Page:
Mr Luke Enslin, owner of Soutpansberg and Louis Trichardt Spar, stands behind cashier Winny Sebola while she is busy disinfecting her paypoint. “We’ve always put a high priority on hygiene inside our stores. Only the volumes of sanitiser have increased because we’ve added additional hand sanitiser stations in the stores,” said Enslin.
Date: 20 March 2020 By: Andries van Zyl
With President Cyril Ramaphosa declaring the COVID-19 pandemic a national disaster, South Africa has basically gone into total lockdown, with a ban being put on all public gatherings of more than a 100 people. This resulted in schools’ being forced to close earlier for the first-term holiday and major sporting events being postponed, such as the Premier Soccer League and Super Rugby tournaments.
Driving around in Louis Trichardt the past week one might be excused for thinking that one was somewhere in China, with more and more people walking around with face masks to help curb the spread of the virus. Clean hands seem to be priority number one since Monday as everywhere one goes one is met by office and shop staff wanting to spray one’s hands with some kind of potent hand sanitizer before admission is granted.
Talking of shops. Despite continuous calls from all spheres of government and even medical professionals in the private sector for people to remain calm, the social media were abuzz the past week with reports of people going into a buying panic. Shelves have been cleared of hand sanitizer, soap and, for some reason, toilet paper.
Louis Trichardt seem to have escaped this “mass panic” to a large extent, with shop shelves remaining full. According to Mr Luke Enslin of Louis Trichardt and Soutpansberg Spar, they are, however, experiencing a shortage of hand sanitiser. “We’ve run out of stock but still there is no reason to panic. At present, we are at a stage where we exchange products between shops. If the one gets, they exchange some with other shops,” said Enslin.
Enslin was one of the many shop owners who stepped up hygienic practices at his premises even further, following the President’s announcement on Sunday. “We’ve always put a high priority on hygiene inside our stores. Only the volumes of sanitiser have increased because we’ve added additional hand sanitiser stations in the stores. In addition, we’ve also added extra protection for our staff. Because we are using a biometric fingerprint system to clock workers in, they now have to disinfect their hands after clocking in. Because the unit itself is a high risk, we clean it every 10 minutes,” said Enslin. Attention to hygiene is, however, not something new for Enslin. “Because we are a national brand, we must adhere to the QPRO food safety standards. The pass rate is 80% for hygiene and we’ve scored 90% plus every time,” said Enslin.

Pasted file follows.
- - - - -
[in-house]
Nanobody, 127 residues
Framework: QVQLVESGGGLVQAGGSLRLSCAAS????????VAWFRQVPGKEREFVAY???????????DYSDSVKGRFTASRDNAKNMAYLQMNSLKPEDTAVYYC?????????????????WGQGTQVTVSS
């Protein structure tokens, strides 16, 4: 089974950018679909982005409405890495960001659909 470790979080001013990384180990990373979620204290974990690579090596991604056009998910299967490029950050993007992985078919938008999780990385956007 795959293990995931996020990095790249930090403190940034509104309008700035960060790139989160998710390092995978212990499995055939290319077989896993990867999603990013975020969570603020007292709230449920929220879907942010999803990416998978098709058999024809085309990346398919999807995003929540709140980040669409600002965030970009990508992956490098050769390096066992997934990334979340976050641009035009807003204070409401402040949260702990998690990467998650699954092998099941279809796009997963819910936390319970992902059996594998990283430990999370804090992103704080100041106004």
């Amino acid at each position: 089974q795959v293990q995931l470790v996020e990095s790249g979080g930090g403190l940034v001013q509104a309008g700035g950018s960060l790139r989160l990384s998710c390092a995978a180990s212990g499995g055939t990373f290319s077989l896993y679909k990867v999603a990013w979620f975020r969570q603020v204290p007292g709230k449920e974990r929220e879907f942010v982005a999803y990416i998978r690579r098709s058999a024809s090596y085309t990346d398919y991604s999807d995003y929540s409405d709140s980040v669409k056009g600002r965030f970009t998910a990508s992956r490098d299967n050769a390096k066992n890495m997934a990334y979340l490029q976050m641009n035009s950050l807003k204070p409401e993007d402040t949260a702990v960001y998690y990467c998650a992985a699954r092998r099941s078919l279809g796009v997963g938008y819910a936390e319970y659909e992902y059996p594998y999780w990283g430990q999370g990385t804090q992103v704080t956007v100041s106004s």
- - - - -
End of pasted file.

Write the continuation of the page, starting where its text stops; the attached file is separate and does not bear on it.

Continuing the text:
Before closing on Tuesday as per government directive, local schools also implemented additional measures to keep pupils and staff safe. At Louis Trichardt High School, each learner’s hands were sanitized at his or her arrival at school on Tuesday. Thereafter, each learner’s hands were sanitized by each teacher at every class before entering the classroom. In the bathrooms, additional liquid soap and hand sanitizer were provided as well disposable paper hand towels. All sports tours for the upcoming holiday were also cancelled.
Because the COVID-19 virus is potentially fatal to people with existing illnesses, especially those affecting the immune system, the Zoutpansberg Private Hospital in Louis Trichardt in particular is not taking any chances. With immediate effect from last week they have, among other things, restricted visiting hours to once a day from 19:00 to 20:00 on weekdays and from15:00 to 16:00 on weekends and public holidays. The number of visitors has also been restricted to one per patient, with no children under 12 allowed. Surgical patients may only have one supporter on the day of the surgery, thereafter in the evenings only. Again, the use of hand sanitisers at the facility was made compulsory.